Ranked Choice Voting: The Latest Elite Fad Pushing Toward Social Disintegration

By Siri Terjesen
Siri Terjesen
Siri Terjesen
Dr. Siri A. Terjesen is associate dean, research & external relations, founding executive director of the Madden Center for Value Creation.
and Michael Ryall
Michael Ryall
Michael Ryall
Michael Ryall is professor of strategic management and director of the Executive Virtue Development Lab at the University of Toronto.
March 10, 2023Updated: March 13, 2023


When society has widespread faith that its institutions and the experts who guide public policy are unbiased, its people can tolerate a lot—even when things don’t happen to go their way. In recent years, however, this confidence has taken a beating, especially among conservatives, according to a Gallup 2022 poll.

This trend presents a serious, even existential, threat to social cohesion. If people believe they’re relegated to second-class status based on their race, religion, or political views by biased or incompetent elites who were entrusted to maintain a fair system, and if they see no way of changing that status quo through peaceful participation, then things can get very ugly very quickly.

Central to our belief that an undesirable status quo can be changed through civil persuasion and peaceful engagement is confidence in the integrity of the election system. Unfortunately, according to another Gallup poll, such confidence (again, especially among Republicans), has dropped significantly. Considering the dire potential consequences of this trend, our leaders should be doing everything possible to restore widespread confidence in the transparency, fairness, and integrity of our election systems.

Enter the latest policy fad being actively pushed, primarily by progressive elites: ranked choice voting (RCV). The notion of RCV has been around since the 1800s. It was used by the Oscars for the “Best Picture” category before 1945 and by Australia for more than a century in federal elections. Historically, the use of RCV in U.S. elections was sporadic. Recently, though, two states, two counties, and 58 cities have converted from traditional plurality to ranked choice systems. Twenty other states are presently evaluating such systems, with the Arizona Senate recently voting to prohibit RCV.

Under plurality voting, the candidate with the most votes wins. Under RCV, voters must rank the initial slate of candidates in the order of their preference. If no candidate receives a majority of more than 50 percent of first-choice votes, the candidate with the fewest votes is eliminated and their votes are redistributed to the remaining candidates according to the voters’ second-choice preferences. This redistribution process is repeated until one candidate receives a majority of more than 50 percent.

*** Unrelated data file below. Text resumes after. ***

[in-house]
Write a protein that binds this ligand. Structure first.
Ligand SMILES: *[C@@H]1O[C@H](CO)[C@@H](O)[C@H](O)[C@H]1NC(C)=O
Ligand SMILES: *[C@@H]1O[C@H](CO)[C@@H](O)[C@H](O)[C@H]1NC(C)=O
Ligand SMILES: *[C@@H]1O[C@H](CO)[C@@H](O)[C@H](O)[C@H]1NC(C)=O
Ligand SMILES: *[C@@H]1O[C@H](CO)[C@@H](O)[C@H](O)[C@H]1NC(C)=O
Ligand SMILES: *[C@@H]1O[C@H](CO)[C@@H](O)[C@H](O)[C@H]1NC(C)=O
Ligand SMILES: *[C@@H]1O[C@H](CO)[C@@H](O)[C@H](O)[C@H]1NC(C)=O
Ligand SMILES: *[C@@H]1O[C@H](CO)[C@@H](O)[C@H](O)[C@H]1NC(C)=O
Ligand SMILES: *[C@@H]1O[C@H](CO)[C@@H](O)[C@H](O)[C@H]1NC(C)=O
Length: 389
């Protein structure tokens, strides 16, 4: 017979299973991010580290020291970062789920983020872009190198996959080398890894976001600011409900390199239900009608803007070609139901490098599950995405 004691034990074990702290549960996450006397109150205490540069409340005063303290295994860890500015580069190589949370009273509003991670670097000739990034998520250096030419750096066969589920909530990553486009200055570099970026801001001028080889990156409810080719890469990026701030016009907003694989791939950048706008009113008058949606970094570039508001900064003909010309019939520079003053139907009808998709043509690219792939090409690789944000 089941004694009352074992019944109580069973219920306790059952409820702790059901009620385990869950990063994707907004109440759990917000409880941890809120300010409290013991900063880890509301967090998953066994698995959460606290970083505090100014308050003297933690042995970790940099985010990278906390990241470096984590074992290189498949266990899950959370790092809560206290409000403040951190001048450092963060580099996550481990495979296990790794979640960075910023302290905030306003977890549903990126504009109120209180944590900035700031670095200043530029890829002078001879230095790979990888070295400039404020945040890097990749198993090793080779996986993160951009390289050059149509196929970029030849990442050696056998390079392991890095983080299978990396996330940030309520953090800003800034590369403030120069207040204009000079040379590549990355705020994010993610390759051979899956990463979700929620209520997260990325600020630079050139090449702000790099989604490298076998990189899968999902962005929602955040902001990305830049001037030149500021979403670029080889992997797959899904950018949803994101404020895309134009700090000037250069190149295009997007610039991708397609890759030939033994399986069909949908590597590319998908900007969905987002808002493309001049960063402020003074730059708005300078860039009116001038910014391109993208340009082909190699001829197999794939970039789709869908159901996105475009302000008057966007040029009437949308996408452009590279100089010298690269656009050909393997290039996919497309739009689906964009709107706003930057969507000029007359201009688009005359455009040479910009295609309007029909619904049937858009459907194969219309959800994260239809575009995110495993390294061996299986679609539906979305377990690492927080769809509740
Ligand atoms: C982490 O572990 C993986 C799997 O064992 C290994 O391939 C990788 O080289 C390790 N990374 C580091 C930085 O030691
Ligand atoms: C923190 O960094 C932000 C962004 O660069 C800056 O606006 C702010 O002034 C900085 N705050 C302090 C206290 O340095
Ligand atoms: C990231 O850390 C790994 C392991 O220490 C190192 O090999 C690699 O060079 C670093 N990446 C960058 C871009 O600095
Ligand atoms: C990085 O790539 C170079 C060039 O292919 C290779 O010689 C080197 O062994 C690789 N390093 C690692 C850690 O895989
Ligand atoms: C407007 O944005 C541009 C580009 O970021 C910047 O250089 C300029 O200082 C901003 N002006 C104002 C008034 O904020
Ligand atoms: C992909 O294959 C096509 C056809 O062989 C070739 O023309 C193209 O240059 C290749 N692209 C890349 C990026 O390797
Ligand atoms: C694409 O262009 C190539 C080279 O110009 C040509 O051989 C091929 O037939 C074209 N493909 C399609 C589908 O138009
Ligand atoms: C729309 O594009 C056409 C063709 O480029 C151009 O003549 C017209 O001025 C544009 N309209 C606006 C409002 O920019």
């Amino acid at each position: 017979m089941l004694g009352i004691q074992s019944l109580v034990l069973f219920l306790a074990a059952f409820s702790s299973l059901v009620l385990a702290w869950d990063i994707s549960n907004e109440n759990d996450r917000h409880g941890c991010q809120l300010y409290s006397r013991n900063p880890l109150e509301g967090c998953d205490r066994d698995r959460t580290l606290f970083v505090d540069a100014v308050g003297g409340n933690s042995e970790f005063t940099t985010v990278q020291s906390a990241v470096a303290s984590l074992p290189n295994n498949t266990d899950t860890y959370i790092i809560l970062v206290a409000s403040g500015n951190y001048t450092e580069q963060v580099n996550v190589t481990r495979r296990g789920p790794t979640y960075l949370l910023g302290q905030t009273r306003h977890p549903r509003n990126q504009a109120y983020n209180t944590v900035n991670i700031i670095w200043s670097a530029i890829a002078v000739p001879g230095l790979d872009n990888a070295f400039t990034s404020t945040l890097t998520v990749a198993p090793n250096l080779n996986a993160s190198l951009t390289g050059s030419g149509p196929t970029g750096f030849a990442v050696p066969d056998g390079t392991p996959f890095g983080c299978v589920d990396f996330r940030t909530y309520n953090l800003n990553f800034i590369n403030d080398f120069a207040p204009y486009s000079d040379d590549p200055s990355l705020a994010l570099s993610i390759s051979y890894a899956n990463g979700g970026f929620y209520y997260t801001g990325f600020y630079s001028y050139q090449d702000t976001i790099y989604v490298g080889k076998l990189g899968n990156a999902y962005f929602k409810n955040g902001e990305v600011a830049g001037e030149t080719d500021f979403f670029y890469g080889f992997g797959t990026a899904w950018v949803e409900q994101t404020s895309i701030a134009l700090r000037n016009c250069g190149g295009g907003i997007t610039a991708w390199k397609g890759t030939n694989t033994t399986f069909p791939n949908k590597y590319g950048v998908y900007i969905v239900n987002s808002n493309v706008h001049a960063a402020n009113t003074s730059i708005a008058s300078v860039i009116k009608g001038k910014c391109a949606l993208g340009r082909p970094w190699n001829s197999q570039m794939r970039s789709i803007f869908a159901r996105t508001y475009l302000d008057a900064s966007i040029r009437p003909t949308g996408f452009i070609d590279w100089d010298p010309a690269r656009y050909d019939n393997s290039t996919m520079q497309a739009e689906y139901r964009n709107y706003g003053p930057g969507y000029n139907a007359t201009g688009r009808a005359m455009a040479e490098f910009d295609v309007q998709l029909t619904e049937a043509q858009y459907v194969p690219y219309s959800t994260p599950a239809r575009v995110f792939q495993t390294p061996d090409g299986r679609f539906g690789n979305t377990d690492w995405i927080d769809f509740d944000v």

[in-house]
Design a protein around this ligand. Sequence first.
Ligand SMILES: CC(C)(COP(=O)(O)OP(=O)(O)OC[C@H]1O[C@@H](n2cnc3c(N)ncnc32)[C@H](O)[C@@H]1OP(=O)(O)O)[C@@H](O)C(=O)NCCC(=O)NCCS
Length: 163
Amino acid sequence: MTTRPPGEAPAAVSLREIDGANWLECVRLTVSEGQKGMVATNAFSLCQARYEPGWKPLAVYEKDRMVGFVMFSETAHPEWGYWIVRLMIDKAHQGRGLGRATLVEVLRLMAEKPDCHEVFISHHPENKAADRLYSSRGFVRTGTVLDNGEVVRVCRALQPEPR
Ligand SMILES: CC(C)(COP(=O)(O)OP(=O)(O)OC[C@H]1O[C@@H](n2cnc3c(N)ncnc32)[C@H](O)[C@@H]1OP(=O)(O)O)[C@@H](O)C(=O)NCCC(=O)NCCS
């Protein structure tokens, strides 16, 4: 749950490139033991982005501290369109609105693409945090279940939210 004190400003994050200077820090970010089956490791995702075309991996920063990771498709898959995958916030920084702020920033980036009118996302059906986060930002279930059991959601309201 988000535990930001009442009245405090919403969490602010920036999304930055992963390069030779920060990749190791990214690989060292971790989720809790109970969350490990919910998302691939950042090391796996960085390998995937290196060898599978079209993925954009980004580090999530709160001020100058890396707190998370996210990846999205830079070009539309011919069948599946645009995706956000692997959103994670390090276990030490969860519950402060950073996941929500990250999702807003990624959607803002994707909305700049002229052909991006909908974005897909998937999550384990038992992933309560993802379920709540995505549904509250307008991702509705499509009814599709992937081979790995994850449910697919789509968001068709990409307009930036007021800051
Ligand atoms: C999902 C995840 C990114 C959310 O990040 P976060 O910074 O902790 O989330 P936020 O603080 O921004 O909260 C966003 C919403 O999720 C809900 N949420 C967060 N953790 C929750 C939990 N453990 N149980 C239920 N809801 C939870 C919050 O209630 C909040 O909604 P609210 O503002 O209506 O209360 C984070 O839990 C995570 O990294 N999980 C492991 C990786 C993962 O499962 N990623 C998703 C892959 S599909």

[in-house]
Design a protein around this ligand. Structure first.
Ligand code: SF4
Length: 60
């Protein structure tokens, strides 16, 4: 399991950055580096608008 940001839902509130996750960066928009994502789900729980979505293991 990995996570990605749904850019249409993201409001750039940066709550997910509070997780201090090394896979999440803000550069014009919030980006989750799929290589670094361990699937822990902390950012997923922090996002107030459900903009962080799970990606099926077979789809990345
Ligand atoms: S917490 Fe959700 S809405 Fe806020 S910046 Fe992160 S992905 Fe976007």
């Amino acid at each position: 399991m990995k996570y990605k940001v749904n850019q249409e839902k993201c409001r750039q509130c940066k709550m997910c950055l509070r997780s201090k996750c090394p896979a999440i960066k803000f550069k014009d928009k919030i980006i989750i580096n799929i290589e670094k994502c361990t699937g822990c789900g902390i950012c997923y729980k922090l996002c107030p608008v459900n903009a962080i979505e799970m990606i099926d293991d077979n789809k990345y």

Nobel laureate Kenneth Arrow’s famous Impossibility Theorem provides that no voting system can simultaneously and consistently meet three essential fairness criteria. Thus, there are always important tradeoffs (pdf) to be considered when choosing one system over another.

Proponents of RCV argue that the main benefits are that, unlike plurality voting, RCV guarantees majority satisfaction (more than 50 percent) with the final winner, assures that no voter’s preferences are left out in computing the final result, and saves money by replacing actual runoff elections with virtual runoff elections that are computed instantly from the ranking of candidates provided by voters on their original ballot.

However, RCV has serious issues. First, the most marginal candidates may end up being the winners. In the 1992 U.S. presidential election, if enough Republicans preferred Ross Perot, a fringe candidate, to Bill Clinton and enough Clinton voters preferred Perot to George H.W. Bush, then Perot would have been the president. Second, under RCV, it’s possible that increasing the ranking for a particular candidate can actually decrease that candidate’s chances of winning. This weird feature can encourage voters to game the system by expressing their preferences inaccurately. Third, in practice, RCV ballots are confusing and actually result in an increased number of spoiled ballots because of simple mistakes (nearly 15 percent in New York’s 2021 mayoral election).

Even setting these issues aside, there’s a deeper problem that’s sufficient reason to reverse the spread of RCV. In the first round, the voter ranks the candidates on the initial slate relative to one another. This relative ranking is assumed to represent the voter’s preferences in all following rounds—even though the slate of candidates changes from round to round. Critically, in a real runoff, the voter would first see the results of the first round then would have a chance to re-rank the candidates in the second given these results, and so on. Yet, these adjustments aren’t allowed under RCV.

Surely, it isn’t too much to ask an informed voter to rank an initial slate of candidates. But this isn’t the ask. Rather, the ask is to predict all future runoff slates and infer the relative rankings implied by his initial ballot in each of those rounds. This is an impossible cognitional task. We aren’t constitutional lawyers, but this clearly seems to violate the equal protection clause of the U.S. Constitution by placing an undue burden on voters.

At a time when we desperately need to increase confidence in our election system, this elite-concocted solution-without-a-problem will have the opposite effect. Voters will rightly view this system as unpredictable and, hence, untrustworthy and as yet another violation of their constitutional rights.

Views expressed in this article are the opinions of the author and do not necessarily reflect the views of The Epoch Times.

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